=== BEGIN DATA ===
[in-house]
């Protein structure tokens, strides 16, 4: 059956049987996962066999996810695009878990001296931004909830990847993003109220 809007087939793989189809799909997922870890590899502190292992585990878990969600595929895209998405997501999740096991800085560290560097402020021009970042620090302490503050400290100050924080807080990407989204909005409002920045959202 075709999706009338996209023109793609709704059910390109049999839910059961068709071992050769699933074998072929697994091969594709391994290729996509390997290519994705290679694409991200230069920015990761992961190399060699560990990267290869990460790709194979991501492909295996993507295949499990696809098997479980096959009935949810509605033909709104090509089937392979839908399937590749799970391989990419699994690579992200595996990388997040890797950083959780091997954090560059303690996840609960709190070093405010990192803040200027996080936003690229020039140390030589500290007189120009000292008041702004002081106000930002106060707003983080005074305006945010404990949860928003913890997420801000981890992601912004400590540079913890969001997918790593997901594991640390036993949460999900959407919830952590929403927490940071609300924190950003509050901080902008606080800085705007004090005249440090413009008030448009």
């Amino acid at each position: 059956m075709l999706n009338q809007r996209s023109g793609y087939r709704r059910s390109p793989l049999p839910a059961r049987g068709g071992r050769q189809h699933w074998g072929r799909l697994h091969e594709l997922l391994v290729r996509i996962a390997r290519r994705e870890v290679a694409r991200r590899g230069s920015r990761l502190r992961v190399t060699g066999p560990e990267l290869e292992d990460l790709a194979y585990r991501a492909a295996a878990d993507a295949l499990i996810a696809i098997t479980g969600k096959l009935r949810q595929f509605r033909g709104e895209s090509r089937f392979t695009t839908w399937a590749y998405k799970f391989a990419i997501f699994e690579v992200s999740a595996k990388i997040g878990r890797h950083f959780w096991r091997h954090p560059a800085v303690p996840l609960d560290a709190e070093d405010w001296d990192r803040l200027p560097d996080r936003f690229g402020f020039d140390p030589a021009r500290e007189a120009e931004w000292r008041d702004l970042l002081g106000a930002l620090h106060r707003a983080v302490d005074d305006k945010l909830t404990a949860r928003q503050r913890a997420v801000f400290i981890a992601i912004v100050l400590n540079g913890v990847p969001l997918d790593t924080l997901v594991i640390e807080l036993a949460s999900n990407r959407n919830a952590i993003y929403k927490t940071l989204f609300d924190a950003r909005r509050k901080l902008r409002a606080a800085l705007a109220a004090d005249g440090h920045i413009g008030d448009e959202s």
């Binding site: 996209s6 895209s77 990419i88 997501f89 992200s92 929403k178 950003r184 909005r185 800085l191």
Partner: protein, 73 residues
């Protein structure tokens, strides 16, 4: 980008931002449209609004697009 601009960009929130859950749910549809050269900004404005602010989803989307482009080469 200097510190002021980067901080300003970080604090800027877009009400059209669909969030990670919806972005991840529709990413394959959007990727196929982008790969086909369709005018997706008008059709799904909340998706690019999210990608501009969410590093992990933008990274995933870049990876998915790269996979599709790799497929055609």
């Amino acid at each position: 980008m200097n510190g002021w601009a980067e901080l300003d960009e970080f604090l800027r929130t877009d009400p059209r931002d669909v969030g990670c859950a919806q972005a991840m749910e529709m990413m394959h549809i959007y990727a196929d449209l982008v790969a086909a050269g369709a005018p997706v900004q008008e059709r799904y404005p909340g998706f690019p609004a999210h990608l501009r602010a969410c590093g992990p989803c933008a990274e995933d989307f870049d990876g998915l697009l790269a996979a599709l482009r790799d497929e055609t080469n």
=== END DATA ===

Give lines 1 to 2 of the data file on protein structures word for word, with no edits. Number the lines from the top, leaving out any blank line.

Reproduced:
[in-house]
């Protein structure tokens, strides 16, 4: 059956049987996962066999996810695009878990001296931004909830990847993003109220 809007087939793989189809799909997922870890590899502190292992585990878990969600595929895209998405997501999740096991800085560290560097402020021009970042620090302490503050400290100050924080807080990407989204909005409002920045959202 075709999706009338996209023109793609709704059910390109049999839910059961068709071992050769699933074998072929697994091969594709391994290729996509390997290519994705290679694409991200230069920015990761992961190399060699560990990267290869990460790709194979991501492909295996993507295949499990696809098997479980096959009935949810509605033909709104090509089937392979839908399937590749799970391989990419699994690579992200595996990388997040890797950083959780091997954090560059303690996840609960709190070093405010990192803040200027996080936003690229020039140390030589500290007189120009000292008041702004002081106000930002106060707003983080005074305006945010404990949860928003913890997420801000981890992601912004400590540079913890969001997918790593997901594991640390036993949460999900959407919830952590929403927490940071609300924190950003509050901080902008606080800085705007004090005249440090413009008030448009």